But sunscreen not only protects us from burns and cancers – it also blocks our ability to produce Vitamin D.
According to the American Academy of Dermatology, this is okay.
“You need to protect your skin from the sun every day, even when it’s cloudy,” says the AAD website.
Better to protect ourselves with hats, coverups, and sunscreen, they say, and compensate with vitamin D pills.
George has it sorted.
“Yet vitamin D supplementation has failed spectacularly in clinical trials,” says Outside. “Five years ago, researchers were already warning that it showed zero benefit, and the evidence has only grown stronger. In November, one of the largest and most rigorous trials of the vitamin ever conducted—in which 25,871 participants received high doses for five years—found no impact on cancer, heart disease, or stroke.”
But how would you go about comparing the importance of Vitamin D in human health to the malignance of melanoma?
Let’s jump to Richard Weller, a Scottish dermatologist who recently made a discovery about Vitamin D.
“Weller’s doubts began around 2010, when he was researching nitric oxide, a molecule produced in the body that dilates blood vessels and lowers blood pressure,” states Outside. “ He discovered a previously unknown biological pathway by which the skin uses sunlight to make nitric oxide.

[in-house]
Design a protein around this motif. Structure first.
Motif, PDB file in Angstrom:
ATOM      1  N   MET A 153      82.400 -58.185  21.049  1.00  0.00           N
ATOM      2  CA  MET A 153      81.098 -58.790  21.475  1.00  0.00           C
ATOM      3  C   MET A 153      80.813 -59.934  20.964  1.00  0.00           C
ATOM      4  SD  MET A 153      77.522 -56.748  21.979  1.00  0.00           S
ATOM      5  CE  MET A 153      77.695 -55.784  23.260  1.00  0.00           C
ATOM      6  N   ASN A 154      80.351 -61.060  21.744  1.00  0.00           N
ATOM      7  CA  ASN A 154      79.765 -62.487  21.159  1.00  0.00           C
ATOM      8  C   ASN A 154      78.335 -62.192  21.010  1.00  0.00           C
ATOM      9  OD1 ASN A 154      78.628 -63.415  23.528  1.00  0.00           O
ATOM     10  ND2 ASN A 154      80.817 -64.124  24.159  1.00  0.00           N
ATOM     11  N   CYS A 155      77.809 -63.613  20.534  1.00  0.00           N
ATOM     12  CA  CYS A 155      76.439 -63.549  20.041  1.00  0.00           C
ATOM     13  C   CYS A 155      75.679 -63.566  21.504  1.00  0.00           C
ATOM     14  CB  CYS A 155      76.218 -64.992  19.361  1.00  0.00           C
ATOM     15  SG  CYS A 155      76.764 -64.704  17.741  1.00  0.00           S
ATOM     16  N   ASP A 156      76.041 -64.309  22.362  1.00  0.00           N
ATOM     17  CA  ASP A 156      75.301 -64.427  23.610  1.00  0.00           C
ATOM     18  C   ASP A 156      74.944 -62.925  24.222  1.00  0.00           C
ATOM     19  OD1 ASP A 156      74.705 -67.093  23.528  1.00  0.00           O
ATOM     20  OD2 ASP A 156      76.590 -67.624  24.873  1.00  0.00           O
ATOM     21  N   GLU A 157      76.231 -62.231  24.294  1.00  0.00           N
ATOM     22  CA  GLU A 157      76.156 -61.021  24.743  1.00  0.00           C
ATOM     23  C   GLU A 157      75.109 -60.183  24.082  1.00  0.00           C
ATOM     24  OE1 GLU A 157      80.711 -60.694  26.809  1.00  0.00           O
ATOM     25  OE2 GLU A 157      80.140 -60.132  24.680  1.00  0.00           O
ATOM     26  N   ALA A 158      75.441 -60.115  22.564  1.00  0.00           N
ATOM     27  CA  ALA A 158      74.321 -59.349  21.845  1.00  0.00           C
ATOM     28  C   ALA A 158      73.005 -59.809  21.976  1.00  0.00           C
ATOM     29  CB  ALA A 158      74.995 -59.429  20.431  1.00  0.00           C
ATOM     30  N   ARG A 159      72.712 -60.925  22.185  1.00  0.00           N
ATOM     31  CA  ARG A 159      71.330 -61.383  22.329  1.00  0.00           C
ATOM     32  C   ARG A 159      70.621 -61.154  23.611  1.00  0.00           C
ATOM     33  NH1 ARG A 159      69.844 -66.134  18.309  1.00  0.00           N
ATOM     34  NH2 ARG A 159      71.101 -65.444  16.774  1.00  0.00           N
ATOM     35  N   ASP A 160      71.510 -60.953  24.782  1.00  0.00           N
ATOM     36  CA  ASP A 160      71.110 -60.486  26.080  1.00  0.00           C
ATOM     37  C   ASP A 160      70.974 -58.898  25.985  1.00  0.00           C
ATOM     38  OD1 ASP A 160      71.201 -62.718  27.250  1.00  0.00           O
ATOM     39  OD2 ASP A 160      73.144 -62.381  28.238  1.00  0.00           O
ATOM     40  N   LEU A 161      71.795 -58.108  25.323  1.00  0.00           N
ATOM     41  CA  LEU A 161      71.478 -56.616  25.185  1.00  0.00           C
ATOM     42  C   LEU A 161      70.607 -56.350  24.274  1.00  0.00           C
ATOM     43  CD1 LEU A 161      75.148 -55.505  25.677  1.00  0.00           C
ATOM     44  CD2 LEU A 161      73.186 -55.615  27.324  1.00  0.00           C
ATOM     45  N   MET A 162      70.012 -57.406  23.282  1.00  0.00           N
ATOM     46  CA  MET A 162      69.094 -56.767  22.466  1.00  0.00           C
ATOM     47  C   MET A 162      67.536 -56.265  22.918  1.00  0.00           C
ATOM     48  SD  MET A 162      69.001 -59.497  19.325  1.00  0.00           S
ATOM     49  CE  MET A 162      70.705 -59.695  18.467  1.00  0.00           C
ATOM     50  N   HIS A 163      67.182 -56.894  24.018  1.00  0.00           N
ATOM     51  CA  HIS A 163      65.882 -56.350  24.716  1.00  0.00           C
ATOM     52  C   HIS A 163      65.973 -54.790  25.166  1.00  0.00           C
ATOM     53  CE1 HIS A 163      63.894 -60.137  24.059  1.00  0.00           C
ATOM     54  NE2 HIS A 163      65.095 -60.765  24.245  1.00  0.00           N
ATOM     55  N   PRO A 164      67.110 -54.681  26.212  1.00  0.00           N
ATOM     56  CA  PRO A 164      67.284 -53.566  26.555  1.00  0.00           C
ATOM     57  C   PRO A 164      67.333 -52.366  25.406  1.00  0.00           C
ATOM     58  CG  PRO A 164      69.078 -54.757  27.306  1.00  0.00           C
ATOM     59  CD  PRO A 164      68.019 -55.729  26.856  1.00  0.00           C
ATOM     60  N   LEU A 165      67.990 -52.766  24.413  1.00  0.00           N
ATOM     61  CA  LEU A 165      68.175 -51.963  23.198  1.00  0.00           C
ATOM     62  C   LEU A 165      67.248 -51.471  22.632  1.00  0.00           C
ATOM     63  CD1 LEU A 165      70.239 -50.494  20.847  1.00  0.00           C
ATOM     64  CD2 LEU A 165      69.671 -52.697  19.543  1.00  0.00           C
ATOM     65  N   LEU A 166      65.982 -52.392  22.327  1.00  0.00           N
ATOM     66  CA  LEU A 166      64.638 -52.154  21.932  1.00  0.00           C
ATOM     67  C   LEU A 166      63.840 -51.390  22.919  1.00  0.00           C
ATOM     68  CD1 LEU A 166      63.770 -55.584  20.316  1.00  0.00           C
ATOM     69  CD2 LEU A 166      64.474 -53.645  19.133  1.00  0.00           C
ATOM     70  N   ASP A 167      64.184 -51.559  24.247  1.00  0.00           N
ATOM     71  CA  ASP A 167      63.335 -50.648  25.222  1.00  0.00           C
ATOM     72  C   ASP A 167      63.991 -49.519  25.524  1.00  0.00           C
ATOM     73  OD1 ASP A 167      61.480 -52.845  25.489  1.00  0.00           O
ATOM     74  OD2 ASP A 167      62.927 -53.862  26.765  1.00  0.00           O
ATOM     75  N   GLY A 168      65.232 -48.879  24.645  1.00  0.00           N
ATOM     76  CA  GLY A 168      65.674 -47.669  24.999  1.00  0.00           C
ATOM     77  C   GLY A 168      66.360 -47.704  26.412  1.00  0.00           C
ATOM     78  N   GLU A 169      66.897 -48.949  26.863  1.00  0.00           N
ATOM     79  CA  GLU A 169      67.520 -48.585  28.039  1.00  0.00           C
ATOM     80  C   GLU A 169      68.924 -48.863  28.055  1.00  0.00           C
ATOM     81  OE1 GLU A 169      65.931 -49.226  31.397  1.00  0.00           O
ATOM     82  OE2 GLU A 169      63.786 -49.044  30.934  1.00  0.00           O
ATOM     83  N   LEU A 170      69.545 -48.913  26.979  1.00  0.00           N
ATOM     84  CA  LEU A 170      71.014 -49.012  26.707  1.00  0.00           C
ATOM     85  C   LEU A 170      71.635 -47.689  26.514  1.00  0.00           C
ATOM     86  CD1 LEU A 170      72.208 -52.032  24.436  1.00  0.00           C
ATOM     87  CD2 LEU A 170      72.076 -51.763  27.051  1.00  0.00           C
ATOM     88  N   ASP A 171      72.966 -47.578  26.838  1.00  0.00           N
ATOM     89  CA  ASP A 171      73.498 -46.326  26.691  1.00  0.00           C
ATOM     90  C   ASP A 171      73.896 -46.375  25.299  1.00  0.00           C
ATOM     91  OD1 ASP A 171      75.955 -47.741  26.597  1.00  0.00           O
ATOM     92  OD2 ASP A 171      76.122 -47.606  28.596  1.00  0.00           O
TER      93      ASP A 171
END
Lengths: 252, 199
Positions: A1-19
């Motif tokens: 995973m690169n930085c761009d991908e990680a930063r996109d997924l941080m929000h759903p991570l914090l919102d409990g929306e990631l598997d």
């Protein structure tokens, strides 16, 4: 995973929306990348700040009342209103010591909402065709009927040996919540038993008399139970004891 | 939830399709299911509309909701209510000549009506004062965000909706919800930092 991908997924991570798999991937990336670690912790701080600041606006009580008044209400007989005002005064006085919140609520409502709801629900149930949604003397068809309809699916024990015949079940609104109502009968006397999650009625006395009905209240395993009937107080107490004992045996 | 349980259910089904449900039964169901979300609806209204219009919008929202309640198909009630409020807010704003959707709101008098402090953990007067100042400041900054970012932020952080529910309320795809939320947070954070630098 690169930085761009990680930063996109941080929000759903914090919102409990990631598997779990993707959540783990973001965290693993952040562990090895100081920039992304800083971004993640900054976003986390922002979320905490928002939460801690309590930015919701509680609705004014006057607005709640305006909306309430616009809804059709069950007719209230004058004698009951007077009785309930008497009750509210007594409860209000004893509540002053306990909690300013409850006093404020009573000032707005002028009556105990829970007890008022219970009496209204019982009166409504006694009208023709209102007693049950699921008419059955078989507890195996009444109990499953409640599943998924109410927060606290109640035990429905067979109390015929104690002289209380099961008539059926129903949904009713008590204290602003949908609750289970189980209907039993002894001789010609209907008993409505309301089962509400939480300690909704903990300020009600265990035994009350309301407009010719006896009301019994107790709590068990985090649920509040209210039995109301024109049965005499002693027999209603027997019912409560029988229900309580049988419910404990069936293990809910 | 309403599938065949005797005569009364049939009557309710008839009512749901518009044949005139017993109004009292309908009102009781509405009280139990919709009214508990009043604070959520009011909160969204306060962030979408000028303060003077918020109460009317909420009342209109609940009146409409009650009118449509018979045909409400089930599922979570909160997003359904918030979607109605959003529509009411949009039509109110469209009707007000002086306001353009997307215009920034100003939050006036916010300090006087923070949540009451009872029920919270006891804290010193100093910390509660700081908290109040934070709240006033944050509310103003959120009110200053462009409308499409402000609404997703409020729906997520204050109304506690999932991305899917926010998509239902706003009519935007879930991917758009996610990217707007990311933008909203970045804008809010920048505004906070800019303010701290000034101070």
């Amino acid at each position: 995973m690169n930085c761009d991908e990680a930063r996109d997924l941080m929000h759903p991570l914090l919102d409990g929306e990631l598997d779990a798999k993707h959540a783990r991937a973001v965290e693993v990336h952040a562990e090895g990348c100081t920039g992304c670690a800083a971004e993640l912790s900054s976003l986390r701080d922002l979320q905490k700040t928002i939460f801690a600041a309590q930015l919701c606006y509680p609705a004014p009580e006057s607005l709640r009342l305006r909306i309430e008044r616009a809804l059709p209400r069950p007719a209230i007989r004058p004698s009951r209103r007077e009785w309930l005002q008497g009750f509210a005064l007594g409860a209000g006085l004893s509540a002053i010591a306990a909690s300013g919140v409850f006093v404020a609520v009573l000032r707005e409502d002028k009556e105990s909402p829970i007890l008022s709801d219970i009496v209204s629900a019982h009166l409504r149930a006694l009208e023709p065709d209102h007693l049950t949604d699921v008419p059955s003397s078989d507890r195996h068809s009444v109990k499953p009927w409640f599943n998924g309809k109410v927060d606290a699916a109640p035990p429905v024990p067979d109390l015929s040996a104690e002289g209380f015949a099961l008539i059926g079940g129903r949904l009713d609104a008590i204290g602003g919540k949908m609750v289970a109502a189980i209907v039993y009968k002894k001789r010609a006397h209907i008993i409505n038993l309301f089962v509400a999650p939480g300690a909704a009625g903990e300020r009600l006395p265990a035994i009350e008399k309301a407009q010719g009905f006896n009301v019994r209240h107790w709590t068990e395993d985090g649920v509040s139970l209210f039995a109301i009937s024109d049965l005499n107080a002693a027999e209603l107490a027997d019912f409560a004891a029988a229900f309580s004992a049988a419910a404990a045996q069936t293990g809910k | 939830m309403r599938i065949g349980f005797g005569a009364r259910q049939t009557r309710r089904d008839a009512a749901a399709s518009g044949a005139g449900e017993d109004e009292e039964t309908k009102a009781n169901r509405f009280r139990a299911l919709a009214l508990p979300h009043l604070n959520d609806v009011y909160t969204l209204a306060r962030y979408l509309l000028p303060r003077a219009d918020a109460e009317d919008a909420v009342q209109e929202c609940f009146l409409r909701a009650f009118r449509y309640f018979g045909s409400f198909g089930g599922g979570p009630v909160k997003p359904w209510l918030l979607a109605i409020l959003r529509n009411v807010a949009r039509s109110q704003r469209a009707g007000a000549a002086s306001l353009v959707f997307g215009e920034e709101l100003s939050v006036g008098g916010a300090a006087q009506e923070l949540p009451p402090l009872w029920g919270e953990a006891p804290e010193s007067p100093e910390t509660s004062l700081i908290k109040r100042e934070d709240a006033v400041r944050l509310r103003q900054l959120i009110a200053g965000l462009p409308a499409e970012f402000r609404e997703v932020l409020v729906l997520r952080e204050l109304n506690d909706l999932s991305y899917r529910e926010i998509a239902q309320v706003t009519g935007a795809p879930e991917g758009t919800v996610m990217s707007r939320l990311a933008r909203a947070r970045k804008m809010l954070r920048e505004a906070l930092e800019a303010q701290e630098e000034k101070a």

t was already well established that rates of high blood pressure, heart disease, stroke, and overall mortality all rise the farther you get from the sunny equator, and they all rise in the darker months. Weller put two and two together and had what he calls his ‘eureka moment’: Could exposing skin to sunlight lower blood pressure?
“Sure enough, when he exposed volunteers to the equivalent of 30 minutes of summer sunlight without sunscreen, their nitric oxide levels went up and their blood pressure went down. Because of its connection to heart disease and strokes, blood pressure is the leading cause of premature death and disease in the world, and the reduction was of a magnitude large enough to prevent millions of deaths on a global level.”
That’s a little vague, so let’s crunch the numbers between heart disease and melanoma.
Every year, the amount of Americans that die from melanoma is roughly 3 in 100,000 – a number that's already low but could be theoretically lowered if Yanks spent less time exposed to sun.